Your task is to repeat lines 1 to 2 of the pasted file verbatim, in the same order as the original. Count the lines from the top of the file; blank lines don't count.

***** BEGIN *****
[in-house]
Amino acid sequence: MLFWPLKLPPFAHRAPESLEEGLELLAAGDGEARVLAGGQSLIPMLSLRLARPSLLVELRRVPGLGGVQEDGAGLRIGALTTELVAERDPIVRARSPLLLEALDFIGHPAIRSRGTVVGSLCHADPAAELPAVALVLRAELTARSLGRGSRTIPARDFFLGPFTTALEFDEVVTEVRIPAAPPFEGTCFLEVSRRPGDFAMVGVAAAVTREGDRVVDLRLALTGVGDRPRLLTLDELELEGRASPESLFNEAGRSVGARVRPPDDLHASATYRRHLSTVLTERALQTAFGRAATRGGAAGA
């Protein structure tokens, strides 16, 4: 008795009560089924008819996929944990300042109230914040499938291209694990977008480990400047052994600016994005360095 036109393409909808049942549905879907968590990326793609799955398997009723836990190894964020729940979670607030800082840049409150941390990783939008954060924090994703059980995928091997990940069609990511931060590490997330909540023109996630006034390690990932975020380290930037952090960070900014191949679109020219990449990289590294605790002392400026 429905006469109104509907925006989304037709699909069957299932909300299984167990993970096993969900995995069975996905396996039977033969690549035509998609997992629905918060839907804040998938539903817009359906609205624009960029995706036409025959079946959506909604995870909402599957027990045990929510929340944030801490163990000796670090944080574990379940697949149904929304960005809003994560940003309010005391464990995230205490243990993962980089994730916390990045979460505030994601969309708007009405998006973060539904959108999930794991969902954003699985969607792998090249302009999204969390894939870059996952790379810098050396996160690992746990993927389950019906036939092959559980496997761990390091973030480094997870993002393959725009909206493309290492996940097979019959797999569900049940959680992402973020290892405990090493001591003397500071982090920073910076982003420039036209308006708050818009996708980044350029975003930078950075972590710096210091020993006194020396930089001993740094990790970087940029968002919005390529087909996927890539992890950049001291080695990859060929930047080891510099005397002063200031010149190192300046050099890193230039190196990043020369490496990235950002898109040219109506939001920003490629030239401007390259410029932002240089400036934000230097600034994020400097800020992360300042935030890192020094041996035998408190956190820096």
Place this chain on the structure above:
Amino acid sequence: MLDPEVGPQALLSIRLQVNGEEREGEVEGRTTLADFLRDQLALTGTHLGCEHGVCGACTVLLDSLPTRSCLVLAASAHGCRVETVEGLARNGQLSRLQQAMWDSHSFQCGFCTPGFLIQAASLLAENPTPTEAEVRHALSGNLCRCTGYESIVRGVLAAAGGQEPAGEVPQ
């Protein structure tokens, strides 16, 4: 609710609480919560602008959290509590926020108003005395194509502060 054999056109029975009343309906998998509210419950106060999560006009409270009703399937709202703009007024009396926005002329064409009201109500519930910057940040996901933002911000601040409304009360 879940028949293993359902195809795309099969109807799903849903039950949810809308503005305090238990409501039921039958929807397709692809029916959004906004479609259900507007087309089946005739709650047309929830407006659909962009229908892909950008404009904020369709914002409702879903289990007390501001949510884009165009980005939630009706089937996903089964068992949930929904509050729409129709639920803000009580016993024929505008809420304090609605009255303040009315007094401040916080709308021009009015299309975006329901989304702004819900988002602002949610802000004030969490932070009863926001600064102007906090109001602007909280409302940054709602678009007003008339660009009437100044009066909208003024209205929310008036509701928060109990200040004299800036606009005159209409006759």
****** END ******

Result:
[in-house]
Amino acid sequence: MLFWPLKLPPFAHRAPESLEEGLELLAAGDGEARVLAGGQSLIPMLSLRLARPSLLVELRRVPGLGGVQEDGAGLRIGALTTELVAERDPIVRARSPLLLEALDFIGHPAIRSRGTVVGSLCHADPAAELPAVALVLRAELTARSLGRGSRTIPARDFFLGPFTTALEFDEVVTEVRIPAAPPFEGTCFLEVSRRPGDFAMVGVAAAVTREGDRVVDLRLALTGVGDRPRLLTLDELELEGRASPESLFNEAGRSVGARVRPPDDLHASATYRRHLSTVLTERALQTAFGRAATRGGAAGA